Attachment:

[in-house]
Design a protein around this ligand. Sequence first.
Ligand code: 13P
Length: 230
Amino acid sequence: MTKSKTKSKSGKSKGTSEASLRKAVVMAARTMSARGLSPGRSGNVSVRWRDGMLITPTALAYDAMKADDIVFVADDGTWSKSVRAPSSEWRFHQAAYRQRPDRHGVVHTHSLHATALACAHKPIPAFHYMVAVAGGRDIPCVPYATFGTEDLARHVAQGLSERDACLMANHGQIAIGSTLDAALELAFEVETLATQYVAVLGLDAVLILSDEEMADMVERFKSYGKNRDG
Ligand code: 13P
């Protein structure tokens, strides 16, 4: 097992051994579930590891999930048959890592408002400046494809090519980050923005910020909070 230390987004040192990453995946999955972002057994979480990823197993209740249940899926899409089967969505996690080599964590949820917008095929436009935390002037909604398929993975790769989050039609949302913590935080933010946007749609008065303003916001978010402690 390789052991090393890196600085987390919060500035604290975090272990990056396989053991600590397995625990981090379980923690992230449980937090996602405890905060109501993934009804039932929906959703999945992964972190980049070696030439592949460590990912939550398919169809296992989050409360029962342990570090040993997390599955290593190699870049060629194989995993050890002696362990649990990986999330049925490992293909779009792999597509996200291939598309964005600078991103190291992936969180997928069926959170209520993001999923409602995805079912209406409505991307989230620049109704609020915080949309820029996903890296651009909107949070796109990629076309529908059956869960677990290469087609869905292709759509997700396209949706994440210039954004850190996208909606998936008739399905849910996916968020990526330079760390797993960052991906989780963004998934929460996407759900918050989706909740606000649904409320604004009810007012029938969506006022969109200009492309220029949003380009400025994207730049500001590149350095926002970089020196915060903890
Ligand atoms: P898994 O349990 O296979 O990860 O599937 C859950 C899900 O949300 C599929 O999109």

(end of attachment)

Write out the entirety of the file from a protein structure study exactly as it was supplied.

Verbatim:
[in-house]
Design a protein around this ligand. Sequence first.
Ligand code: 13P
Length: 230
Amino acid sequence: MTKSKTKSKSGKSKGTSEASLRKAVVMAARTMSARGLSPGRSGNVSVRWRDGMLITPTALAYDAMKADDIVFVADDGTWSKSVRAPSSEWRFHQAAYRQRPDRHGVVHTHSLHATALACAHKPIPAFHYMVAVAGGRDIPCVPYATFGTEDLARHVAQGLSERDACLMANHGQIAIGSTLDAALELAFEVETLATQYVAVLGLDAVLILSDEEMADMVERFKSYGKNRDG
Ligand code: 13P
């Protein structure tokens, strides 16, 4: 097992051994579930590891999930048959890592408002400046494809090519980050923005910020909070 230390987004040192990453995946999955972002057994979480990823197993209740249940899926899409089967969505996690080599964590949820917008095929436009935390002037909604398929993975790769989050039609949302913590935080933010946007749609008065303003916001978010402690 390789052991090393890196600085987390919060500035604290975090272990990056396989053991600590397995625990981090379980923690992230449980937090996602405890905060109501993934009804039932929906959703999945992964972190980049070696030439592949460590990912939550398919169809296992989050409360029962342990570090040993997390599955290593190699870049060629194989995993050890002696362990649990990986999330049925490992293909779009792999597509996200291939598309964005600078991103190291992936969180997928069926959170209520993001999923409602995805079912209406409505991307989230620049109704609020915080949309820029996903890296651009909107949070796109990629076309529908059956869960677990290469087609869905292709759509997700396209949706994440210039954004850190996208909606998936008739399905849910996916968020990526330079760390797993960052991906989780963004998934929460996407759900918050989706909740606000649904409320604004009810007012029938969506006022969109200009492309220029949003380009400025994207730049500001590149350095926002970089020196915060903890
Ligand atoms: P898994 O349990 O296979 O990860 O599937 C859950 C899900 O949300 C599929 O999109």